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Tomorrow's molecular and nanoscale devices

Large multidisciplinary collaborations that combine chemistry, physics, mathematics, and computer science will tackle future challenges in molecular electronics and nanotechnology.

Computer model of a hydrogen bond-mediated transition state of a chemical reaction. The electrostatic potential isosurface (the lines that resemble a green net) is overlain on the molecular structure, all computed using quantum chemistry.

Chemistry--the study of molecules-- is the science of the everyday world. For the world at large, molecules are the fundamental units of matter. An understanding of the structure, interactions, and reactions of molecules is thus of critical importance to a wide range of phenomena, from the fate of contaminants in the environment, through the production of plastics from crude oil, to the occurrence and treatment of genetic diseases.

Chemists are now about to cross a remarkable threshold and expect a dramatic expansion in their ability to make reliable predictions about molecular structure and processes. This sea change is due to the confluence of advances in theoretical, computational, and experimental capabilities, allowing chemists to understand and characterize matter at detailed atomic and molecular levels. By integrating chemists' capabilities of synthesis and characterization with computational modeling and simulation, it will soon be possible to use computation to design molecules to do what we want, and to control how we make them.

Robert Harrison received the 2002 Sidney Fernbach Award.

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The computational chemical sciences group in the Department of Energy's Center for Computational Sciences at ORNL is working to fulfill this vision. Real-world chemical problems are complex and a multi-disciplinary approach embracing chemistry, materials science, solid-state physics, mathematics, and computational science is essential, as is a strong connection with experiment. Excellent examples of the interplay of theory and experiment are advances being made at ORNL in molecular optics and electronics. Using ink-jet printing techniques proposed by computational chemists, an experimental group led by Mike Barnes of ORNL's Chemical Sciences Division, including researchers from the University of Tennessee (UT) and Georgia Tech, coaxed stretched molecules of polyphenylene vinylene to form an array of glowing antennas on a glass substrate. These semiconducting polymer nanostructures have many potential applications including optical wires. Members of the computational chemical sciences group, including Bobby Sumpter, Bill Shelton, and Jack Wells, are performing detailed simulations to better understand this newly discovered nanostructure.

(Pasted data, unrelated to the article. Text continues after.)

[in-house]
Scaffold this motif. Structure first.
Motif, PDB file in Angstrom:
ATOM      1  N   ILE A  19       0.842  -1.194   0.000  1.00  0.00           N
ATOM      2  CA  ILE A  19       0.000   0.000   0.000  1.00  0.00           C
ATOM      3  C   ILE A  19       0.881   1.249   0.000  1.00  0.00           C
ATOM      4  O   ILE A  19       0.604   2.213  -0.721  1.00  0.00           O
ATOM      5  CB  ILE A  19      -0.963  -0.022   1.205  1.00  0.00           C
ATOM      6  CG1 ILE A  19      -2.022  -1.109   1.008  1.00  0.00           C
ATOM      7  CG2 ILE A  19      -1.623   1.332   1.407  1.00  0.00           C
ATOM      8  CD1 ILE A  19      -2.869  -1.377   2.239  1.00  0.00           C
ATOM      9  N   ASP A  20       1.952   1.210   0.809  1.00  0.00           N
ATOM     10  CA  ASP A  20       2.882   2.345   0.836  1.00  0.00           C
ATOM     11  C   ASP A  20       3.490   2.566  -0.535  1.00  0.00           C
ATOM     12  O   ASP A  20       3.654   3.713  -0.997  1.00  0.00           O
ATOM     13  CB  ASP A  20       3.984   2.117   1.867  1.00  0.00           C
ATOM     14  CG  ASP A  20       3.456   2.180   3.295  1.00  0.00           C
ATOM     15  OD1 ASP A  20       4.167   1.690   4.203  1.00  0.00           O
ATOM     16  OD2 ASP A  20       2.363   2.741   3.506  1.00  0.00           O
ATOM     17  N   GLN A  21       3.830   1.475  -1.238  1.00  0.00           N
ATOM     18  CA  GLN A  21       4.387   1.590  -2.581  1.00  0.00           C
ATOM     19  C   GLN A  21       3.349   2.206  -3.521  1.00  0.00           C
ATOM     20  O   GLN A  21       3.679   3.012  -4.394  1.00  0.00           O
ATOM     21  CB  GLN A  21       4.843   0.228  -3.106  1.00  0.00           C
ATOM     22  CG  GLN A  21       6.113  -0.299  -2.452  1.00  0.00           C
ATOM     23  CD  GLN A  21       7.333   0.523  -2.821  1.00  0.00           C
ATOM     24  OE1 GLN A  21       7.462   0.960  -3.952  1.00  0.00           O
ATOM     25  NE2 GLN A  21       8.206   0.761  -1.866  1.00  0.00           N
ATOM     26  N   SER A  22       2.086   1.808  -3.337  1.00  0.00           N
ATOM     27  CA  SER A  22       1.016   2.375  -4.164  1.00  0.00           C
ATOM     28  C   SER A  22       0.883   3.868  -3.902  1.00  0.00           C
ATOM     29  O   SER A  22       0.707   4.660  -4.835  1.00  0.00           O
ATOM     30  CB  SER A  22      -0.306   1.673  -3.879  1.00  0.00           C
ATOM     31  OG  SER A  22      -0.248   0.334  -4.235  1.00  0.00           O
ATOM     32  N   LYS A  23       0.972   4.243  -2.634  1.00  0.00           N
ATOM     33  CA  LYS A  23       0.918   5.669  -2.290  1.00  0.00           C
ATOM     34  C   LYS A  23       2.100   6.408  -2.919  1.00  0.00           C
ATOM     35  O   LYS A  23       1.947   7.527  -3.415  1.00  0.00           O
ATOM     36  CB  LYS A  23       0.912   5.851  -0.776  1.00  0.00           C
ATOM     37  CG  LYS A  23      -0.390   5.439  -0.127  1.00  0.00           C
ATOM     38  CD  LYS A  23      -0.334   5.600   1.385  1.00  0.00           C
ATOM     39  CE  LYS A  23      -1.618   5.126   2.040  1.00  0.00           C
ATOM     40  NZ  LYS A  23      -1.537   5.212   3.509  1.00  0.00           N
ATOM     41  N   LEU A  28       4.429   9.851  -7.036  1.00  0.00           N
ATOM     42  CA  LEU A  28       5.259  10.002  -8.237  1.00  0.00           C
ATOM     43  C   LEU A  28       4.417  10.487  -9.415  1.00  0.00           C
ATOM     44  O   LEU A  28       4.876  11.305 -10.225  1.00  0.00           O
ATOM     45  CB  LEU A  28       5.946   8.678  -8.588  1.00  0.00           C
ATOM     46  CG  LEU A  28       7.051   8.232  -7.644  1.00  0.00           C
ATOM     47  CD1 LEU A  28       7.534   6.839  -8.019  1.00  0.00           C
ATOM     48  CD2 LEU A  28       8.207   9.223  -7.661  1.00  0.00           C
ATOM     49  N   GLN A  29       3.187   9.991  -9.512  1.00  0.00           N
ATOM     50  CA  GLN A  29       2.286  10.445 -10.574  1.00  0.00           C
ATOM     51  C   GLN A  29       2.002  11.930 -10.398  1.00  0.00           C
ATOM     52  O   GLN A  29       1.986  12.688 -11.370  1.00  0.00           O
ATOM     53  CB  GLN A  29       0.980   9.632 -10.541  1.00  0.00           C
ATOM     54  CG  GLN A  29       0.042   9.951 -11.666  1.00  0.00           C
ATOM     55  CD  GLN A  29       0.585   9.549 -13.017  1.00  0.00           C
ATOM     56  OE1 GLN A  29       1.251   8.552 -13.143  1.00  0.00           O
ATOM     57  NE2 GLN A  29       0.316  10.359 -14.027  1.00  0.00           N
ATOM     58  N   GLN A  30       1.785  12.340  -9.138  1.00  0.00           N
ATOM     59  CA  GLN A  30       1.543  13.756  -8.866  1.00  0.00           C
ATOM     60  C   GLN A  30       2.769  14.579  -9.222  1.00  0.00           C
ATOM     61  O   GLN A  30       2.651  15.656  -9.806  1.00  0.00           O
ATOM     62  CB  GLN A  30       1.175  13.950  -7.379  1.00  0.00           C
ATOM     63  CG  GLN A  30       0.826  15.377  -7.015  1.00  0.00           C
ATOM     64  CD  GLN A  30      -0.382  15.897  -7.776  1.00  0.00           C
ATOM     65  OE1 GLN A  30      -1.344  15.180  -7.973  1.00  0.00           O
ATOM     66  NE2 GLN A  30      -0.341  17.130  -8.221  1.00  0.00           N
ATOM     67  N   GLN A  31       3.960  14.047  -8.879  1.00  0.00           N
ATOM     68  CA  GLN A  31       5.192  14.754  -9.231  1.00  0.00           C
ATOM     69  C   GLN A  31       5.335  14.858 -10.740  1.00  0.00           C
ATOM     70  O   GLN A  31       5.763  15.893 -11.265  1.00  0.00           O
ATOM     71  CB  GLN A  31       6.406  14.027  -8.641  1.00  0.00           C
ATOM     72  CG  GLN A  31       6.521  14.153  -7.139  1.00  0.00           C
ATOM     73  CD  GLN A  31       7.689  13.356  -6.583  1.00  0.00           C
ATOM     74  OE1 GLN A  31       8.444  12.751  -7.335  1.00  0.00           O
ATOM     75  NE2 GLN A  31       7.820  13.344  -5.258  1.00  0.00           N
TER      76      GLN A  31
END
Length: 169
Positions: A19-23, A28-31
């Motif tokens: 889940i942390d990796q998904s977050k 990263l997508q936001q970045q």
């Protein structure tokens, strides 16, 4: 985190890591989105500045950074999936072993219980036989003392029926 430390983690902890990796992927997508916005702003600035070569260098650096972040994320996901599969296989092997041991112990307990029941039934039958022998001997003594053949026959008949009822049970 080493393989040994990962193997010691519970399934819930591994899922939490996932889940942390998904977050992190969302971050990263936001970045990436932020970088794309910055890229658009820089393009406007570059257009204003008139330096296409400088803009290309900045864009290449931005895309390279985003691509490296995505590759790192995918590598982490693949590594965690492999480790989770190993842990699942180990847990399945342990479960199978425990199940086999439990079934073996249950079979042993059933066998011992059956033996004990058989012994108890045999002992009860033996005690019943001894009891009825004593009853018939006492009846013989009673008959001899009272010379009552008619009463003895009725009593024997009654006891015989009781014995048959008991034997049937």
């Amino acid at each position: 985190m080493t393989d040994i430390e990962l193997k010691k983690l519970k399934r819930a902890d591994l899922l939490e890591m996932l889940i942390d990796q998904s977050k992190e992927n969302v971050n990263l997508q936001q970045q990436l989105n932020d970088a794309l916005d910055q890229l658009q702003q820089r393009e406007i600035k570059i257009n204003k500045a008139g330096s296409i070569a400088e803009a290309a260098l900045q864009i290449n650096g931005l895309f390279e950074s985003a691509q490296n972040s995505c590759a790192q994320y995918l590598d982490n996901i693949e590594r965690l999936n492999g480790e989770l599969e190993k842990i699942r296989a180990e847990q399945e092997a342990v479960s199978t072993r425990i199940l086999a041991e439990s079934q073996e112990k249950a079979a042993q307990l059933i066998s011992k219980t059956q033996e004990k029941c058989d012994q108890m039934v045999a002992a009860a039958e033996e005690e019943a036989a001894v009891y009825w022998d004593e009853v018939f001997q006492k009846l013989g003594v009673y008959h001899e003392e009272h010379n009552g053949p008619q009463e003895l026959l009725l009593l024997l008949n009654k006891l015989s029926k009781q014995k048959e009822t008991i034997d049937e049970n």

The group is led by Robert J. Harrison, the principal architect of the Northwest Computational Chemistry Software (NWChem) code for massively parallel computers, for which he received the IEEE Computer Society's 2002 Sidney Fernbach Award.

DOE's Scientific Discovery through Advanced Computing (SciDAC) program is supporting two of the group's many projects. Harrison is the principal investigator of the project entitled "Advanced Methods for Electronic Structure," which develops and uses new multi-scale methods for fast and accurate numerical solution of electronic structure problems, such as predicting how atoms are arranged in a molecule. These new approaches can deliver greater precision than previous methods, even for very large systems.

The other SciDAC project, entitled "An Integrated Approach to Multi-scale Modeling of Molecular Electronic Devices," is led by Peter Cummings of Vanderbilt University. This multidisciplinary effort involves researchers from four universities (including UT) and ORNL. The goals of this computational project are to develop and apply tools to understand how to construct and control molecular electronic devices by self-assembly of molecules on surfaces. Molecular electronic devices may someday replace silicon-based devices in future computers. High-performance computer programs are being developed by Vincent Meunier to use quantum theory to predict, for instance, the current across a single molecule. Fundamental new theoretical models are also being developed to confront a profound challenge to chemists--the wide range of time and length scales, which cause severe problems as molecular devices are extended to the nanoscale and beyond.

To probe nanoscale devices, design new catalysts, and develop clean energy sources, chemists nationwide see a critical need for multi-scale methods and leadership-class computing to provide them with a "computational microscope."



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